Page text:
By Lisa Autz. Every day, more than 800 million girls and women between 15 and 49 years old are menstruating, yet 500 million lack adequate access to resources and facilities for menstrual hygiene management (MHM) globally. In Latin America, women typically express feelings of fear, shame, discomfort, etc. in relation to their menstrual cycle.1 Many religious traditions also perpetuate the idea that women are impure when menstruating, especially as it relates to sexuality. This vicious cycle of “misinformation and repression” in turn limits the discussion around menstrual hygiene, and ultimately sexual and reproductive health.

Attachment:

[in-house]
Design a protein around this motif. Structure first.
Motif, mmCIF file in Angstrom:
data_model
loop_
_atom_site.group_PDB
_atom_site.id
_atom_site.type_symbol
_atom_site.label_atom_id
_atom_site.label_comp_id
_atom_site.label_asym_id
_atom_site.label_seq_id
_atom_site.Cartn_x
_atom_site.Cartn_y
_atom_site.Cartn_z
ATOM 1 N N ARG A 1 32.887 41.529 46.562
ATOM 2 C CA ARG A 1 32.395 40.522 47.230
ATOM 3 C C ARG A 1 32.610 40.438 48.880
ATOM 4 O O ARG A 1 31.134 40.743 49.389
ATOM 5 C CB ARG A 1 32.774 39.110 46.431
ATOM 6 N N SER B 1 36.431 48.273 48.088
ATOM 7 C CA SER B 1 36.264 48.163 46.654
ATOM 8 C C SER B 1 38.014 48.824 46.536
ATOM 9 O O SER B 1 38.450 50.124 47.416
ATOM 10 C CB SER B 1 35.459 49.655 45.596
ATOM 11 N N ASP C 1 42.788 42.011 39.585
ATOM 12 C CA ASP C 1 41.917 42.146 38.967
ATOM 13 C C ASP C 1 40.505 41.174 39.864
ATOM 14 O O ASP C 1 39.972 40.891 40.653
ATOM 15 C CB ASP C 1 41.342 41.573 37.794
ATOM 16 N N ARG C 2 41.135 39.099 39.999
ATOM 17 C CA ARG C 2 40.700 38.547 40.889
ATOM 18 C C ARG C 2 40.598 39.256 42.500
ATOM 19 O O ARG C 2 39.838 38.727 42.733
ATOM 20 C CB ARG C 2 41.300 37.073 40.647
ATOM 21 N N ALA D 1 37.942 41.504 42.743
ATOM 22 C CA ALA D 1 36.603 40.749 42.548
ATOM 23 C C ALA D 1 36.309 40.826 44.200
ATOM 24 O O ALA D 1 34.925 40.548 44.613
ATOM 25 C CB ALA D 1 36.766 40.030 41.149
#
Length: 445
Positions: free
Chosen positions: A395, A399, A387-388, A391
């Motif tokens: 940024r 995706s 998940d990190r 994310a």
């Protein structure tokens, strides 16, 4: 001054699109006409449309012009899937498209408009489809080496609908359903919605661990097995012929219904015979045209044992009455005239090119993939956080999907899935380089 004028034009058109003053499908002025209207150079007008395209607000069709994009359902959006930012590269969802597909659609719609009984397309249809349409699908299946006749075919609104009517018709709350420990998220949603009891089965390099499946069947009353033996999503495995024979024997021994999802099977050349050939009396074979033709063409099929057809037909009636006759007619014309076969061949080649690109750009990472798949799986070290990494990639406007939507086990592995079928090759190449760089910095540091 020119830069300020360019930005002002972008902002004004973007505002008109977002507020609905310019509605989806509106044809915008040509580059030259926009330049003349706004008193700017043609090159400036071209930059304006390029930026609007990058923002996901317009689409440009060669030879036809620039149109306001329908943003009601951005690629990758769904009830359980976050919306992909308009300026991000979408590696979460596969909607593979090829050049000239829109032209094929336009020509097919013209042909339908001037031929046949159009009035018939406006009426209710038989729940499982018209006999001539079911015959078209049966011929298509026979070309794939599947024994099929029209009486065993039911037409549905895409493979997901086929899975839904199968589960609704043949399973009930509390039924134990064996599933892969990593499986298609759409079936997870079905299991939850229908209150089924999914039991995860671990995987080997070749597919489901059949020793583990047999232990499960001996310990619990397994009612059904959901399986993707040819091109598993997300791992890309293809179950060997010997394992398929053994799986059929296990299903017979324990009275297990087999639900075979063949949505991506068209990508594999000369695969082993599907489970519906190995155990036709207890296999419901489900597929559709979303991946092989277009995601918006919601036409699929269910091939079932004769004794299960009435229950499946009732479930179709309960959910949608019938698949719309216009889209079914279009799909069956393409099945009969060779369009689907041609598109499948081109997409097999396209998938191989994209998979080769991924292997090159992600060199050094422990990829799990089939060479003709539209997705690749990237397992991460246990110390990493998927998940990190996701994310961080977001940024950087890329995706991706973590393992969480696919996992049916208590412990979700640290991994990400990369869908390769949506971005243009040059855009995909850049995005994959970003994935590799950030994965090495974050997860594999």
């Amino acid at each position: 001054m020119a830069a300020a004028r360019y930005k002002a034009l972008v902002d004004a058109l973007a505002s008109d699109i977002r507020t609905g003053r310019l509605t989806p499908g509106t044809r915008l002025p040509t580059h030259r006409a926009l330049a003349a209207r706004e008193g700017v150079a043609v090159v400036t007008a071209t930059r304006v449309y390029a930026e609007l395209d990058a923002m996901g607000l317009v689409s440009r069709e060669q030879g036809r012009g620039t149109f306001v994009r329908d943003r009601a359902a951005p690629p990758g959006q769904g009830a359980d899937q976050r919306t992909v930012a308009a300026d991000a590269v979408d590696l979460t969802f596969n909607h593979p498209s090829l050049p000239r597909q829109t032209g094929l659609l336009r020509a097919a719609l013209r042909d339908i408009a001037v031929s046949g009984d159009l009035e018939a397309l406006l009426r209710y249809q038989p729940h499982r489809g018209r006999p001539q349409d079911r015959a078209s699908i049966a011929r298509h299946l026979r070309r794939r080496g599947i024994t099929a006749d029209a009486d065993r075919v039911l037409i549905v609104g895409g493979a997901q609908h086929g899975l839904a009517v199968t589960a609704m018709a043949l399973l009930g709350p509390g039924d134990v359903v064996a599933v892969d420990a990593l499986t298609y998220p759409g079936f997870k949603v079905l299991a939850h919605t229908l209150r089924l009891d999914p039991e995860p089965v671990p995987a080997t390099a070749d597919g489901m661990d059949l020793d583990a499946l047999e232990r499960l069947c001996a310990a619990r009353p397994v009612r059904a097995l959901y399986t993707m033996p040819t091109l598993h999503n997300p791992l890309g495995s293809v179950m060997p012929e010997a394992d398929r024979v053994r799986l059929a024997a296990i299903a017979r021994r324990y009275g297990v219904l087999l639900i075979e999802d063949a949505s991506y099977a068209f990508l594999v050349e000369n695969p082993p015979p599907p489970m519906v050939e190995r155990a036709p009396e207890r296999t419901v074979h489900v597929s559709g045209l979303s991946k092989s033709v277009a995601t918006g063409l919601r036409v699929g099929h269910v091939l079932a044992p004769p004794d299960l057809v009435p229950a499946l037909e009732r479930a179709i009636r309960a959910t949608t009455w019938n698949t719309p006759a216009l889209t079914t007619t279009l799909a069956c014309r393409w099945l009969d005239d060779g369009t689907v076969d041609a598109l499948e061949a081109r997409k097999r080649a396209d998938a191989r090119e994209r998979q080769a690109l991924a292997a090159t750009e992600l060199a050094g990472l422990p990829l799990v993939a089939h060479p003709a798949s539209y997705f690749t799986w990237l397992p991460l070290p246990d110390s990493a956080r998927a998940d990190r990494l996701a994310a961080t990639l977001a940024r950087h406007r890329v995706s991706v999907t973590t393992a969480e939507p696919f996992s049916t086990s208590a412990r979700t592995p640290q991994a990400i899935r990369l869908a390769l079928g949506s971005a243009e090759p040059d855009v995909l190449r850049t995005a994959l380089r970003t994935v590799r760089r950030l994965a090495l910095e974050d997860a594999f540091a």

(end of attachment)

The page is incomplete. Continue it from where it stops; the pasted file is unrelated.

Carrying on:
Pro Mujer (PM), a pioneering women’s development organization, combining financial services with quality education and health services, delivers services within supportive, social centers in six different countries in the region: Argentina, Bolivia, Nicaragua, Mexico, Peru and Guatemala. These centers foster community building and equips nearly 250,000 low-income women each year with the education and tools to take on the challenges they face daily. Since beginning in 1990, PM has witnessed how the stigma of menstruation limits the potential for comprehensive sexual health education and empowerment for women. To address this issue, Pro Mujer in Argentina (PMA), partnered with Johnson & Johnson’s “Golden Initiative Campaign” – #SiempreJuntas (Always Together) in June 2019 to tackle this critical issue and provide basic MHM information to over 15,000 women and girls (ages 18 – 65) in several of the poorest regions in the country.
Graph created by Pro Mujer, based on an internal survey (2019) performed on PM clients in Argentina before the launch of the “Golden Initiative Campaign”.